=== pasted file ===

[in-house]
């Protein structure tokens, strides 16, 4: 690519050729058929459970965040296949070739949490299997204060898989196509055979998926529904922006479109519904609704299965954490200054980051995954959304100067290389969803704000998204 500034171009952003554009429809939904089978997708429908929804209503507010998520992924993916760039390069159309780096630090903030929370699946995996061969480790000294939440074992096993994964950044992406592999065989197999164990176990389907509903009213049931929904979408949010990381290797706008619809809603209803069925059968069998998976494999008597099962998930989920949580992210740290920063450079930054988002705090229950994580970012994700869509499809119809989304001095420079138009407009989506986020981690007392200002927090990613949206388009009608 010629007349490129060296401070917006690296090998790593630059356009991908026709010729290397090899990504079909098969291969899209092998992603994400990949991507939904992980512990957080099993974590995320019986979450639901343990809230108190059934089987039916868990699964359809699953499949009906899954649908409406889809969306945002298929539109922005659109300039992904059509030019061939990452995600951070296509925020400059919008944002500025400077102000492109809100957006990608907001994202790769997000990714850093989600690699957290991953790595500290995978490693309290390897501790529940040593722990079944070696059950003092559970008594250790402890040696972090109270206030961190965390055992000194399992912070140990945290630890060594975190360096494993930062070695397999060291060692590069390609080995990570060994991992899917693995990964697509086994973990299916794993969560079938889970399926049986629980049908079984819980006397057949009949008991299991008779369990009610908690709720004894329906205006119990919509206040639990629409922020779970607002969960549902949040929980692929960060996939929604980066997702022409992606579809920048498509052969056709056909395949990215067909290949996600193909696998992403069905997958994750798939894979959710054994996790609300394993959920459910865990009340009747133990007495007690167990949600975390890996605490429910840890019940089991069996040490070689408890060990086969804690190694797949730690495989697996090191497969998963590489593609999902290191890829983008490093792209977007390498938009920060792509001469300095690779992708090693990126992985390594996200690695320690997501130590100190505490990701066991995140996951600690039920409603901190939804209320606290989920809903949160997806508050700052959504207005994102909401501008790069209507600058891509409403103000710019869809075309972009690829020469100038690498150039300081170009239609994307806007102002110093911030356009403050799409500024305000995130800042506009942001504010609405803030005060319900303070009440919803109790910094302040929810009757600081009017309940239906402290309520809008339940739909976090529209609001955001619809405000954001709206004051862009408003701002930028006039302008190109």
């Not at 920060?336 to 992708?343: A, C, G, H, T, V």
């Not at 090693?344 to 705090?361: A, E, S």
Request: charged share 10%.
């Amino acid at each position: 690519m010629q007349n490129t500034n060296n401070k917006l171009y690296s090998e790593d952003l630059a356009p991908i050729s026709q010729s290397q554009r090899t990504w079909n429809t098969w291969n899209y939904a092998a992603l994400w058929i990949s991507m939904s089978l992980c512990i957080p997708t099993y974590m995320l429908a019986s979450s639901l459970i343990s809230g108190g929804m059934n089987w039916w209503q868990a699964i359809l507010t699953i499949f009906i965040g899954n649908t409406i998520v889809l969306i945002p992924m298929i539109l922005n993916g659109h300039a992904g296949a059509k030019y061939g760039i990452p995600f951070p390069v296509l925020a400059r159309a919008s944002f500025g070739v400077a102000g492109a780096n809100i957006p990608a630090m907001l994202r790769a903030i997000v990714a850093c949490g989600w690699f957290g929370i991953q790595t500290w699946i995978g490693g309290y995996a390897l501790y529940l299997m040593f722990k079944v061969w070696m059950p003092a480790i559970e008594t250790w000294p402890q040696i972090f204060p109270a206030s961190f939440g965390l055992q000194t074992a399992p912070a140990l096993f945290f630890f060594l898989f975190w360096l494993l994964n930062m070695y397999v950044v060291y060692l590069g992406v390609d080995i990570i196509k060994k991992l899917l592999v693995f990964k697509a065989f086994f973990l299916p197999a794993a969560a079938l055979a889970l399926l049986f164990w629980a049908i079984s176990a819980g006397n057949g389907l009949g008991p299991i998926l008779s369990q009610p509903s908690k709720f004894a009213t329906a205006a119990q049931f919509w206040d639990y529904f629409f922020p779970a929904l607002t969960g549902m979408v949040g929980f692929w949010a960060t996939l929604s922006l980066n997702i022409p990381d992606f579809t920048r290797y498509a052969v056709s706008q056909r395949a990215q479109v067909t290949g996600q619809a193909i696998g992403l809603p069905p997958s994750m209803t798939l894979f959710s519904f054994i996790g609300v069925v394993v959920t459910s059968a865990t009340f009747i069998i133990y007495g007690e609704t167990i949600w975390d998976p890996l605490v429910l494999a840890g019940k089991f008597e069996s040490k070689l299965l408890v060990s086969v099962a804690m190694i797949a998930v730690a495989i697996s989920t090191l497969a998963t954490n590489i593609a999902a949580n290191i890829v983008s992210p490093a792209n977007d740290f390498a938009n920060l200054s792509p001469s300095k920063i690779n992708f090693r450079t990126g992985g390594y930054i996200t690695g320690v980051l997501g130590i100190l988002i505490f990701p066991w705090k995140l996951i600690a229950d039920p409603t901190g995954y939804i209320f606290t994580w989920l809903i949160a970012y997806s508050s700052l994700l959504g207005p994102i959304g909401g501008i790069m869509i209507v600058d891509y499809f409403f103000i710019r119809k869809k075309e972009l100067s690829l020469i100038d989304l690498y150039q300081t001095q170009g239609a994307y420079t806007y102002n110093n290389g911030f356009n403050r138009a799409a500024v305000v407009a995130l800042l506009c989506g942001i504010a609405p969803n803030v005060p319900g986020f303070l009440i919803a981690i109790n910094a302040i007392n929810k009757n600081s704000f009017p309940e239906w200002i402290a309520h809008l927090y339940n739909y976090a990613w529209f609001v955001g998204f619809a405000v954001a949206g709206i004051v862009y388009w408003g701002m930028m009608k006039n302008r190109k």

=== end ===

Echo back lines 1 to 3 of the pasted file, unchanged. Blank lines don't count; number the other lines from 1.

[in-house]
């Protein structure tokens, strides 16, 4: 690519050729058929459970965040296949070739949490299997204060898989196509055979998926529904922006479109519904609704299965954490200054980051995954959304100067290389969803704000998204 500034171009952003554009429809939904089978997708429908929804209503507010998520992924993916760039390069159309780096630090903030929370699946995996061969480790000294939440074992096993994964950044992406592999065989197999164990176990389907509903009213049931929904979408949010990381290797706008619809809603209803069925059968069998998976494999008597099962998930989920949580992210740290920063450079930054988002705090229950994580970012994700869509499809119809989304001095420079138009407009989506986020981690007392200002927090990613949206388009009608 010629007349490129060296401070917006690296090998790593630059356009991908026709010729290397090899990504079909098969291969899209092998992603994400990949991507939904992980512990957080099993974590995320019986979450639901343990809230108190059934089987039916868990699964359809699953499949009906899954649908409406889809969306945002298929539109922005659109300039992904059509030019061939990452995600951070296509925020400059919008944002500025400077102000492109809100957006990608907001994202790769997000990714850093989600690699957290991953790595500290995978490693309290390897501790529940040593722990079944070696059950003092559970008594250790402890040696972090109270206030961190965390055992000194399992912070140990945290630890060594975190360096494993930062070695397999060291060692590069390609080995990570060994991992899917693995990964697509086994973990299916794993969560079938889970399926049986629980049908079984819980006397057949009949008991299991008779369990009610908690709720004894329906205006119990919509206040639990629409922020779970607002969960549902949040929980692929960060996939929604980066997702022409992606579809920048498509052969056709056909395949990215067909290949996600193909696998992403069905997958994750798939894979959710054994996790609300394993959920459910865990009340009747133990007495007690167990949600975390890996605490429910840890019940089991069996040490070689408890060990086969804690190694797949730690495989697996090191497969998963590489593609999902290191890829983008490093792209977007390498938009920060792509001469300095690779992708090693990126992985390594996200690695320690997501130590100190505490990701066991995140996951600690039920409603901190939804209320606290989920809903949160997806508050700052959504207005994102909401501008790069209507600058891509409403103000710019869809075309972009690829020469100038690498150039300081170009239609994307806007102002110093911030356009403050799409500024305000995130800042506009942001504010609405803030005060319900303070009440919803109790910094302040929810009757600081009017309940239906402290309520809008339940739909976090529209609001955001619809405000954001709206004051862009408003701002930028006039302008190109």
């Not at 920060?336 to 992708?343: A, C, G, H, T, V």